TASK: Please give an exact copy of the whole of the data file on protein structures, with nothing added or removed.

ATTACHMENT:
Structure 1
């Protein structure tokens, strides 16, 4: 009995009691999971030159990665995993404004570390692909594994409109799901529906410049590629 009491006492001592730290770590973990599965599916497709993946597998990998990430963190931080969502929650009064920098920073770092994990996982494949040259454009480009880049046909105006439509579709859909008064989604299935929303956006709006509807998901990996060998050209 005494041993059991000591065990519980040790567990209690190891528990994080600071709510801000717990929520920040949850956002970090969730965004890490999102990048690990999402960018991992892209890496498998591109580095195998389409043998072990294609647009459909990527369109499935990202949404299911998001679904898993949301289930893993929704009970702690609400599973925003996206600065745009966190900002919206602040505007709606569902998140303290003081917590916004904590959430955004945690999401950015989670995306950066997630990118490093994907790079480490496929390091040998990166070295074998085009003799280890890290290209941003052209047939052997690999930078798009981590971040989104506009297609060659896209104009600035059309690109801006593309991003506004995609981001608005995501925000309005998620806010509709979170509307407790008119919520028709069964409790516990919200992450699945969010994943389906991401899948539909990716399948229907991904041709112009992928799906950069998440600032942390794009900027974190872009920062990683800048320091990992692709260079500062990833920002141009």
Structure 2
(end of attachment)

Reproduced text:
Structure 1
């Protein structure tokens, strides 16, 4: 009995009691999971030159990665995993404004570390692909594994409109799901529906410049590629 009491006492001592730290770590973990599965599916497709993946597998990998990430963190931080969502929650009064920098920073770092994990996982494949040259454009480009880049046909105006439509579709859909008064989604299935929303956006709006509807998901990996060998050209 005494041993059991000591065990519980040790567990209690190891528990994080600071709510801000717990929520920040949850956002970090969730965004890490999102990048690990999402960018991992892209890496498998591109580095195998389409043998072990294609647009459909990527369109499935990202949404299911998001679904898993949301289930893993929704009970702690609400599973925003996206600065745009966190900002919206602040505007709606569902998140303290003081917590916004904590959430955004945690999401950015989670995306950066997630990118490093994907790079480490496929390091040998990166070295074998085009003799280890890290290209941003052209047939052997690999930078798009981590971040989104506009297609060659896209104009600035059309690109801006593309991003506004995609981001608005995501925000309005998620806010509709979170509307407790008119919520028709069964409790516990919200992450699945969010994943389906991401899948539909990716399948229907991904041709112009992928799906950069998440600032942390794009900027974190872009920062990683800048320091990992692709260079500062990833920002141009």
Structure 2